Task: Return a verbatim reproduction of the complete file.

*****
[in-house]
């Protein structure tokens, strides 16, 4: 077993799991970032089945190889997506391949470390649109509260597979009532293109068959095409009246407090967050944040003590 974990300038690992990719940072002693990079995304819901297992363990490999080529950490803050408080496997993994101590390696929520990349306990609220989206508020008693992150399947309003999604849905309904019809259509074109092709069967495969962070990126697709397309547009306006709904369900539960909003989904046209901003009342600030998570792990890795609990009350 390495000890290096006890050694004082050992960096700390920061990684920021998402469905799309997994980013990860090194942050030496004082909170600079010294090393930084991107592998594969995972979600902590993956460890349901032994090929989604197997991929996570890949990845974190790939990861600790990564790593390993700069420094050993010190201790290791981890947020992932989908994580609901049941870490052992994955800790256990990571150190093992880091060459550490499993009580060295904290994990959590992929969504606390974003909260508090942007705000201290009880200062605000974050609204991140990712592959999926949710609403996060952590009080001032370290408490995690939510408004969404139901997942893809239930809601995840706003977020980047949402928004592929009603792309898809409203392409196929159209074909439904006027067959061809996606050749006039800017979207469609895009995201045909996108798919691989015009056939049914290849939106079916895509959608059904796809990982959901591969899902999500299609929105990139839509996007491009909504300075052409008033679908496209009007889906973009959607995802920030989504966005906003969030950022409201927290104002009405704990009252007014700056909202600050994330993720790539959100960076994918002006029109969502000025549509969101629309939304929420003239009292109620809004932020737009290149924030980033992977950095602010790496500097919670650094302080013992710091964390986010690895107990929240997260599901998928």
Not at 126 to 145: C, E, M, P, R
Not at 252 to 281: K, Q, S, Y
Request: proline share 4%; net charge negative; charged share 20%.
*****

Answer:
[in-house]
């Protein structure tokens, strides 16, 4: 077993799991970032089945190889997506391949470390649109509260597979009532293109068959095409009246407090967050944040003590 974990300038690992990719940072002693990079995304819901297992363990490999080529950490803050408080496997993994101590390696929520990349306990609220989206508020008693992150399947309003999604849905309904019809259509074109092709069967495969962070990126697709397309547009306006709904369900539960909003989904046209901003009342600030998570792990890795609990009350 390495000890290096006890050694004082050992960096700390920061990684920021998402469905799309997994980013990860090194942050030496004082909170600079010294090393930084991107592998594969995972979600902590993956460890349901032994090929989604197997991929996570890949990845974190790939990861600790990564790593390993700069420094050993010190201790290791981890947020992932989908994580609901049941870490052992994955800790256990990571150190093992880091060459550490499993009580060295904290994990959590992929969504606390974003909260508090942007705000201290009880200062605000974050609204991140990712592959999926949710609403996060952590009080001032370290408490995690939510408004969404139901997942893809239930809601995840706003977020980047949402928004592929009603792309898809409203392409196929159209074909439904006027067959061809996606050749006039800017979207469609895009995201045909996108798919691989015009056939049914290849939106079916895509959608059904796809990982959901591969899902999500299609929105990139839509996007491009909504300075052409008033679908496209009007889906973009959607995802920030989504966005906003969030950022409201927290104002009405704990009252007014700056909202600050994330993720790539959100960076994918002006029109969502000025549509969101629309939304929420003239009292109620809004932020737009290149924030980033992977950095602010790496500097919670650094302080013992710091964390986010690895107990929240997260599901998928």
Not at 126 to 145: C, E, M, P, R
Not at 252 to 281: K, Q, S, Y
Request: proline share 4%; net charge negative; charged share 20%.